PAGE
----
Question: When accounting for the acquisition of a non wholly owned subsidiary

When accounting for the acquisition of a non-wholly owned subsidiary, the parent can use entity theory or parent company extension theory to account for the business combination. Access the 2011 consolidated financial statements for Thomson Reuters Corporation by going to the investor relations section of the company's website. Answer the questions below for 2011. Round percentages to one decimal pint and other ratios to two decimal points. For each question, indicate where in the financial statements you found the answer, and/or provide a brief explanation.
(a) Which theory of consolidation is used to value non-controlling interest at the date of acquisition?
(b) What percentage of net income for the year is represented by non-controlling interest (sometimes referred to as minority interest)?
(c) What portion of the additions to other intangible assets during the year came from business combinations, and what portion came from direct purchases?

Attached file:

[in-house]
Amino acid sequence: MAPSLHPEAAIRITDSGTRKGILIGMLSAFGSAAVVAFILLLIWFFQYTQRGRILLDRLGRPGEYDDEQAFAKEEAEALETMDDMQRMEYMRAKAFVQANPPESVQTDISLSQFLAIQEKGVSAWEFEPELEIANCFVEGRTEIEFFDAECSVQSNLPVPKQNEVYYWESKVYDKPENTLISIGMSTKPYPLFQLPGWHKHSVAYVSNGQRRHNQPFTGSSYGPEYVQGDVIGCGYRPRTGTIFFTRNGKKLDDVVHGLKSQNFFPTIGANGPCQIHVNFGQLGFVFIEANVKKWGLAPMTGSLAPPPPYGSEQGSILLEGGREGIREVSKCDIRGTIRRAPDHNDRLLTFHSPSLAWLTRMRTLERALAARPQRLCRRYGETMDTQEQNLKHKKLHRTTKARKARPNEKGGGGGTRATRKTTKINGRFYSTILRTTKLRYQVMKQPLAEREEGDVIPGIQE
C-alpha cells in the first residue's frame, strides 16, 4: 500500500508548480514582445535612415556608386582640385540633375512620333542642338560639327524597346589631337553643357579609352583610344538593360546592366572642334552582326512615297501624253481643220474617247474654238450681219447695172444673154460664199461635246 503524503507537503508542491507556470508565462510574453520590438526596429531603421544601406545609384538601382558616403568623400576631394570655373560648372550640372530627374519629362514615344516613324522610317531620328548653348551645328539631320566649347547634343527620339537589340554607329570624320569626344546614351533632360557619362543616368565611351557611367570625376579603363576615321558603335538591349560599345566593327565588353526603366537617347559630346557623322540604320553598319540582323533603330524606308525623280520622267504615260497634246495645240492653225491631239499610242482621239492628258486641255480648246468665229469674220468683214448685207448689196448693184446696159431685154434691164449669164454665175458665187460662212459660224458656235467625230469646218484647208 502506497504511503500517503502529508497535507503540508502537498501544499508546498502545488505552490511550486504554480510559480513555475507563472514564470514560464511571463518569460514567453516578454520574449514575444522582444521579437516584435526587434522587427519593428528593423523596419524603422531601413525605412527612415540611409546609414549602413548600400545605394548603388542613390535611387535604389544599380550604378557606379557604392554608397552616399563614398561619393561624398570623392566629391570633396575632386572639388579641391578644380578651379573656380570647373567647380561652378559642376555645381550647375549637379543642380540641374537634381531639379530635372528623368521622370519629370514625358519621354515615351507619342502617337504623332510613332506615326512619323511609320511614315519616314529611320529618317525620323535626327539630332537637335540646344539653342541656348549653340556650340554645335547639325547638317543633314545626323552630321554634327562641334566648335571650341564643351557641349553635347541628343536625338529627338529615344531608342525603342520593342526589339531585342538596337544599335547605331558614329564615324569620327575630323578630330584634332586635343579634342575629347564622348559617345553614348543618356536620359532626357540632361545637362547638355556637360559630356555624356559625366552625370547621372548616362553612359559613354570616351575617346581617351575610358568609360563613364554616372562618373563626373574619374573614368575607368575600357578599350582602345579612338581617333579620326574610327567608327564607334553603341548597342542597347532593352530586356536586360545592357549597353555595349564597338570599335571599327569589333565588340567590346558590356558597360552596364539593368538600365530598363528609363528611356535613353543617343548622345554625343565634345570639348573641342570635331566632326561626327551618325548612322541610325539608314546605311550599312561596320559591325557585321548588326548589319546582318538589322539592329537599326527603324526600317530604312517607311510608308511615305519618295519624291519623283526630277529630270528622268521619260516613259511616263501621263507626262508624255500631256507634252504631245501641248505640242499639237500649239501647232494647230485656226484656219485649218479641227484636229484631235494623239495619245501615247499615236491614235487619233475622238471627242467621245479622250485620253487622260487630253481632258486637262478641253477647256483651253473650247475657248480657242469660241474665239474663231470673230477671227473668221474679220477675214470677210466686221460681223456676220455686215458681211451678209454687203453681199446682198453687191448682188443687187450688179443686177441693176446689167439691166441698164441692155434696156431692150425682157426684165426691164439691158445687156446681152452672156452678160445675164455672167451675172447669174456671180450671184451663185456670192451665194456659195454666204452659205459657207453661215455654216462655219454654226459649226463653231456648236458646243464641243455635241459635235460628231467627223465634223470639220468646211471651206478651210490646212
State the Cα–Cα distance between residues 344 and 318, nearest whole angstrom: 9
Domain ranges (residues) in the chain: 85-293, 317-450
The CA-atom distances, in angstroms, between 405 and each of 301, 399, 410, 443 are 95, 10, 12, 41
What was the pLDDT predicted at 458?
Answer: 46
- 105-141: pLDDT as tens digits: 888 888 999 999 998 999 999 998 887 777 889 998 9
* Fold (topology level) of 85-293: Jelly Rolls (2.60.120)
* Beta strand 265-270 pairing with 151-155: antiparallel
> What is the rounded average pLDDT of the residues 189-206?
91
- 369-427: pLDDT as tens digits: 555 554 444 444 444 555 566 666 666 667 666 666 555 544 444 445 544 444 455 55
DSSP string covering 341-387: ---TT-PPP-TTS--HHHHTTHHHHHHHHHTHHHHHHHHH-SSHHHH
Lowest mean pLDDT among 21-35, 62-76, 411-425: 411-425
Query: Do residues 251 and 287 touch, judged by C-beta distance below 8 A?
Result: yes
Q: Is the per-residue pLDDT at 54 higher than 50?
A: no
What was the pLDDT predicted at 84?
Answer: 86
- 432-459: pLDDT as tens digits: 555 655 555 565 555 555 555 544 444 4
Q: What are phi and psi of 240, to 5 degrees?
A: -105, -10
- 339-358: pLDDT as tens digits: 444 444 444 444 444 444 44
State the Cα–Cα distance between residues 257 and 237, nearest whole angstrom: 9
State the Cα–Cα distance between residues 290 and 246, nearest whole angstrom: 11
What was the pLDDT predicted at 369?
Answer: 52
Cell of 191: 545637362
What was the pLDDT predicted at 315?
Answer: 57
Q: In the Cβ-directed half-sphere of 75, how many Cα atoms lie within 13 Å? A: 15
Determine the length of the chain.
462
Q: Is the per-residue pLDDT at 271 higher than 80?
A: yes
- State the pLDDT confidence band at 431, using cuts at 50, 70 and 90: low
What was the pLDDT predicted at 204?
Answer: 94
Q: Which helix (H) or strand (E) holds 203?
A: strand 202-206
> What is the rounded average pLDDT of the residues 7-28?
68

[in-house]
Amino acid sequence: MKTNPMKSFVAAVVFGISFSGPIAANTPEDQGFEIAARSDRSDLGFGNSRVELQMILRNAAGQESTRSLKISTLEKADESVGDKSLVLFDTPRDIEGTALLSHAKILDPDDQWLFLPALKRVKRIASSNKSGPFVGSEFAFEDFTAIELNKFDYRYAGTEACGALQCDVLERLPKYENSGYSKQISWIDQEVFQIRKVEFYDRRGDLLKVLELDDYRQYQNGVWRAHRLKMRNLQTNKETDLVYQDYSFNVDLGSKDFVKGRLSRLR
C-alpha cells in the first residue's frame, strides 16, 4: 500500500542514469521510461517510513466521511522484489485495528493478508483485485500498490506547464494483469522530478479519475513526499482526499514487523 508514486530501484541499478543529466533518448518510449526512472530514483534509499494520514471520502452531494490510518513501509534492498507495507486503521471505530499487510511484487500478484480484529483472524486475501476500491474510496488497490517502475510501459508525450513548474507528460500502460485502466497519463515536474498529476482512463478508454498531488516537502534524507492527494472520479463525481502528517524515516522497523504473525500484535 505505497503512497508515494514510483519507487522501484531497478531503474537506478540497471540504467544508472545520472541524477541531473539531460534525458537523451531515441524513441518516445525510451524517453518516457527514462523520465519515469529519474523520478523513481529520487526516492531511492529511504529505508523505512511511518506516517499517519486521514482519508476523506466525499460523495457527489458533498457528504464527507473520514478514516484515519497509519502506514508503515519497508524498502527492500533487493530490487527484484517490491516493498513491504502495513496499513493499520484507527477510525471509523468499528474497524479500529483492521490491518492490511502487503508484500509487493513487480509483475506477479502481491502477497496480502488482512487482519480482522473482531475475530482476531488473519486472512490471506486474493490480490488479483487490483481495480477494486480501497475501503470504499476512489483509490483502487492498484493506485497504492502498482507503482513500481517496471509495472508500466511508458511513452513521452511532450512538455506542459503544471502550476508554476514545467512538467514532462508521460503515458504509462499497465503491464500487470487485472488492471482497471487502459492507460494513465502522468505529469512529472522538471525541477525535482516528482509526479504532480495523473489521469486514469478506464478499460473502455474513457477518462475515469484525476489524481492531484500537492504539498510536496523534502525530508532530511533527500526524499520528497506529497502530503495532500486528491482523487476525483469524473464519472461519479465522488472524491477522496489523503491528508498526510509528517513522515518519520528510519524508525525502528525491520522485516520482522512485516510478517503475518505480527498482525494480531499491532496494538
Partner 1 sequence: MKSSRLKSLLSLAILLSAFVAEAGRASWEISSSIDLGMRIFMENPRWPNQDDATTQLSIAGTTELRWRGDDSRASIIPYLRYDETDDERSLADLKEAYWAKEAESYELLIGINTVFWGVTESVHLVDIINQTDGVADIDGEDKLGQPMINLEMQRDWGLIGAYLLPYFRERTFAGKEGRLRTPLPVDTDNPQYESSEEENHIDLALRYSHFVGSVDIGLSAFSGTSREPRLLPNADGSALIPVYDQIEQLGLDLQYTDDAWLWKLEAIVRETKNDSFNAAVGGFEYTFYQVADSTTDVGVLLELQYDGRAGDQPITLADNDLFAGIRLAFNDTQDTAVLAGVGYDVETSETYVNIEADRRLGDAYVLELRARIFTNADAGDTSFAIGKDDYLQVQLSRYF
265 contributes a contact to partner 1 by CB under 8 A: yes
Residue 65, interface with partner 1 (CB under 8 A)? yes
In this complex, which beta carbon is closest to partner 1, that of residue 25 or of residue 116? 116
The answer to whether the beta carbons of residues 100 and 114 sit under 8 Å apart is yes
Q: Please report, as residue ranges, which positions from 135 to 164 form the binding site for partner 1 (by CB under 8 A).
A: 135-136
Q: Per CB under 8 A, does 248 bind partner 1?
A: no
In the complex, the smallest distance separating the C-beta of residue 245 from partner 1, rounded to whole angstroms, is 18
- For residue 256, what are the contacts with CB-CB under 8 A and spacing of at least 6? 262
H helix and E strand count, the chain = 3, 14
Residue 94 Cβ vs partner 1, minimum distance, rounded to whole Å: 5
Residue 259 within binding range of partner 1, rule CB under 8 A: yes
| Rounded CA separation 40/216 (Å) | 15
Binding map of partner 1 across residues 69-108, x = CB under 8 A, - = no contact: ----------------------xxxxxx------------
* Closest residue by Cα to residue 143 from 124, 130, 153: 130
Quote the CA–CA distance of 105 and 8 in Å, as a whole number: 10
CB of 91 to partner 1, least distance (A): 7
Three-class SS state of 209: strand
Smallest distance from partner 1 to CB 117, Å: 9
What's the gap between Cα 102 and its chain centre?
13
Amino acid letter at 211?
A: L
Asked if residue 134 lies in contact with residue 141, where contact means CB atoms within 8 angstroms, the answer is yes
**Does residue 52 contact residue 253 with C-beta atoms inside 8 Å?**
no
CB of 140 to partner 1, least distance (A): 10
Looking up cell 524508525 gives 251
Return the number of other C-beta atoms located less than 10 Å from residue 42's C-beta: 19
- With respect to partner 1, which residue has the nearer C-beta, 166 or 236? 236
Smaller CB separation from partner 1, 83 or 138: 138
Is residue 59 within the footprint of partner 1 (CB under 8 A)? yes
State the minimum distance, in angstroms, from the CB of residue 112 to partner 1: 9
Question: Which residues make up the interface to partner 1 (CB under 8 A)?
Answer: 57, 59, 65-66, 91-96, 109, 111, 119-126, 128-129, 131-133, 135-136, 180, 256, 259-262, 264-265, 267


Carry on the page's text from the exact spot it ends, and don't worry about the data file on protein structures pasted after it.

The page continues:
(d) What was the goodwill impairment loss for the year, or what were total impairment losses? Describe the two main factors contributing to the goodwill impairment.
(e) Assume that performance bonuses for the company's top executives are based, in part, on net income. How will the goodwill impairment loss for the year affect the bonuses for the executives in the current year? in future years?
(f) Explain why different discount rates are used for different geographical areas, and explain how a change in discount rate can negatively affect the value of goodwill.
(g) Assume that the company used the other acceptable theory of consolidation for valuing non-controlling interest accounting. How would this change in theory affect the return on total shareholders' equity for the first year after the date of acquisition?

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